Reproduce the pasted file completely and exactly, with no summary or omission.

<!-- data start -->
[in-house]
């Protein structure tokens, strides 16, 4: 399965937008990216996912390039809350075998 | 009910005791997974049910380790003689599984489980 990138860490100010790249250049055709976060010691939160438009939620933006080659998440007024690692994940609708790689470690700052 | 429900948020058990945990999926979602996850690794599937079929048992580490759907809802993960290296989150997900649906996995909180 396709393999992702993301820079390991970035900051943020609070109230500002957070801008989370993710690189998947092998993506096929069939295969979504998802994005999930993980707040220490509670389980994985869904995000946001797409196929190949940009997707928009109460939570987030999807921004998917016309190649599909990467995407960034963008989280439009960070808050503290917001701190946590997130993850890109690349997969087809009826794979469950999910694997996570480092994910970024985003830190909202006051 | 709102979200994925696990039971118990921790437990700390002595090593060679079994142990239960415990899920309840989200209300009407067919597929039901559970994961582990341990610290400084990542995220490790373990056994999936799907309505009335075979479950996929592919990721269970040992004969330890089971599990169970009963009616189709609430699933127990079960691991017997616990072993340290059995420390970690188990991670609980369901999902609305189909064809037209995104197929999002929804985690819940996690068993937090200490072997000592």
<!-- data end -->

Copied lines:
[in-house]
């Protein structure tokens, strides 16, 4: 399965937008990216996912390039809350075998 | 009910005791997974049910380790003689599984489980 990138860490100010790249250049055709976060010691939160438009939620933006080659998440007024690692994940609708790689470690700052 | 429900948020058990945990999926979602996850690794599937079929048992580490759907809802993960290296989150997900649906996995909180 396709393999992702993301820079390991970035900051943020609070109230500002957070801008989370993710690189998947092998993506096929069939295969979504998802994005999930993980707040220490509670389980994985869904995000946001797409196929190949940009997707928009109460939570987030999807921004998917016309190649599909990467995407960034963008989280439009960070808050503290917001701190946590997130993850890109690349997969087809009826794979469950999910694997996570480092994910970024985003830190909202006051 | 709102979200994925696990039971118990921790437990700390002595090593060679079994142990239960415990899920309840989200209300009407067919597929039901559970994961582990341990610290400084990542995220490790373990056994999936799907309505009335075979479950996929592919990721269970040992004969330890089971599990169970009963009616189709609430699933127990079960691991017997616990072993340290059995420390970690188990991670609980369901999902609305189909064809037209995104197929999002929804985690819940996690068993937090200490072997000592």